Affordable Care Act Fees and Rebates – A Crash Course
The Affordable Care Act (ACA) resulted in numerous reforms for health insurance carriers, employers, and individuals. This blog discusses some of the fees and rebates and their impact on ERISA health and welfare plans.
Patient-Centered Outcome Research Fees
The Patient-Centered Outcomes Research Institute (PCORI) was created as part of the reform and supports clinical effectiveness research findings. Per the IRS, “The PCORI fee applies to specified health insurance policies with policy years ending after Sept. 30, 2012, and before Oct.1, 2019, and applicable self-insured health plans with plan years ending after Sept. 30, 2012, and before Oct. 1, 2019. The fee is equal to the average number of lives covered during the policy year or plan year multiplied by the applicable dollar amount for the year”, and is due July 31 based on the previous plan year.
This fee is paid by plan sponsors of applicable self-insured health plans. It cannot be paid from plan assets. If it is, this could be considered a breach of fiduciary duty and a nonexempt transaction.
Transitional Reinsurance Fees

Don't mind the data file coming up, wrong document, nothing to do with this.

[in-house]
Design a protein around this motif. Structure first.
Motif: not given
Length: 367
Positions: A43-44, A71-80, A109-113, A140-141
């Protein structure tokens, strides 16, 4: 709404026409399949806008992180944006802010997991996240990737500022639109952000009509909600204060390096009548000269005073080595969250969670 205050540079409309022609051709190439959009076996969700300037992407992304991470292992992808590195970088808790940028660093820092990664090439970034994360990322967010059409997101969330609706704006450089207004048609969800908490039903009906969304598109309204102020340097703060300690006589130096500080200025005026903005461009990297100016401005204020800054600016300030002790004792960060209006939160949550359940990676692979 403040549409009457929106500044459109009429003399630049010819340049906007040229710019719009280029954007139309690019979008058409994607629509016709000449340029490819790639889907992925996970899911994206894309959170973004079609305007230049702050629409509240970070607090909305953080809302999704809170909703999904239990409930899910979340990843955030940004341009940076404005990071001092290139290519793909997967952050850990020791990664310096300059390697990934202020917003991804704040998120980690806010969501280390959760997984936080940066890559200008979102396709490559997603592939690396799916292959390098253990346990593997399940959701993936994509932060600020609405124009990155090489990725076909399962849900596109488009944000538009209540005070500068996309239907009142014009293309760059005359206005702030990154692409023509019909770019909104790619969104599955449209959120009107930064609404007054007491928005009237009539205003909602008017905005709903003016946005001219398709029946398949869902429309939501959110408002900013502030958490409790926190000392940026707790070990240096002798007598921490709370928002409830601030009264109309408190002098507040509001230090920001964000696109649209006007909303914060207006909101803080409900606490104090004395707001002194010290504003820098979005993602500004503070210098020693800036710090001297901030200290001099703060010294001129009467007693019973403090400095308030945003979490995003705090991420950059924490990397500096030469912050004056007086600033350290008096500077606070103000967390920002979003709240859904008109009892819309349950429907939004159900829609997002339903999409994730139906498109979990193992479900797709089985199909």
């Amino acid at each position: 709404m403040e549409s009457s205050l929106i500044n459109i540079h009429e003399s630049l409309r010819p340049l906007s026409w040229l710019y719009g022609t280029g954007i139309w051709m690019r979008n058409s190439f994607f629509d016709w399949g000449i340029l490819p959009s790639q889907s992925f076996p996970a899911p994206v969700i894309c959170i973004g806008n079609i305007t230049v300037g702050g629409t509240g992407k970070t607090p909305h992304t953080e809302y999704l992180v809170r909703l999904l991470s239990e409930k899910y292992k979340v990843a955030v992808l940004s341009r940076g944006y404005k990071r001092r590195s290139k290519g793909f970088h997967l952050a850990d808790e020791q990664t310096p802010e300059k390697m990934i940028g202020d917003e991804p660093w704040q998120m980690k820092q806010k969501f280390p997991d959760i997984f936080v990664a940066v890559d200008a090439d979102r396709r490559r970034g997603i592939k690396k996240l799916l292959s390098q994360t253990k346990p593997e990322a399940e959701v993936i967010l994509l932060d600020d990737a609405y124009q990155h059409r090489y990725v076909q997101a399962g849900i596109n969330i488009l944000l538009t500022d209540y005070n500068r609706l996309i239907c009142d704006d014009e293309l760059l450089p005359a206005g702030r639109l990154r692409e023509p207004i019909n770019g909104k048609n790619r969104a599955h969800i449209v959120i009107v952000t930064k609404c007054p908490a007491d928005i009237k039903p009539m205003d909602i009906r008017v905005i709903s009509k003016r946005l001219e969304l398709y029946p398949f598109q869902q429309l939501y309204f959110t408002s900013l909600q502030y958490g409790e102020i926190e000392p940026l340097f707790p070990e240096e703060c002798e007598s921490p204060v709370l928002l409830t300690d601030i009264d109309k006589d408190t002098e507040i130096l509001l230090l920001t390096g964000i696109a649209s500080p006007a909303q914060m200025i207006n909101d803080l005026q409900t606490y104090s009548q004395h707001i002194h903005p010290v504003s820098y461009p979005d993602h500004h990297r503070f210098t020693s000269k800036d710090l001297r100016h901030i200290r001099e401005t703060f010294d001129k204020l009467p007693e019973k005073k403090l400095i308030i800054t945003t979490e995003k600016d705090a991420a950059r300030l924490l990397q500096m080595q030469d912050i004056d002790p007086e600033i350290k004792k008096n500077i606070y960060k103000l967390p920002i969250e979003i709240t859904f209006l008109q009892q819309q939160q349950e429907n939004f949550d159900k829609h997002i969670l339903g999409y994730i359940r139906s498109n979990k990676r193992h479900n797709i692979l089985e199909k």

This fee was established to stabilize premiums, assisting insurers by partially offsetting high-cost enrollees in inside and outside health care exchanges from 2014-2016. The Department of Health and Human Services has pre-established rates that are calculated per enrollee.
For fully-insured plans, this fee is paid by the insurer. For self-insured plans, this fee is paid by the plan sponsor and may be paid from plan assets. This fee can be passed along to participants.
The Health Insurance Industry Fee
This fee is used to fund federal and state-run exchanges and is assessed on health insurance providers, or those entities engaged in the business of providing insurance, for example, a Multiple Employer Welfare Arrangement (MEWA), based on premium revenues. This fee is due September 30 based on the prior plan year.
While this fee is paid by the health insurance providers, the fees can be passed on to their customers. Plans may see an overall impact of rising costs.
Medical Loss Ratio Rebates
Under the ACA, health insurers must report how policyholder premiums are spent by major categories, which in turn establishes medical loss ratio (MLR) standards. If certain health insurers do not spend at least a certain percentage of prior year premiums? on health care services, the plan may be eligible for a rebate.
If a rebate is received, the funds may constitute plan assets and the plan sponsor would need to comply with ERISA?s fiduciary provisions on how the rebate is handled and allocated.
If you have questions on the above fees and rebates and their impact on your plan, contact us.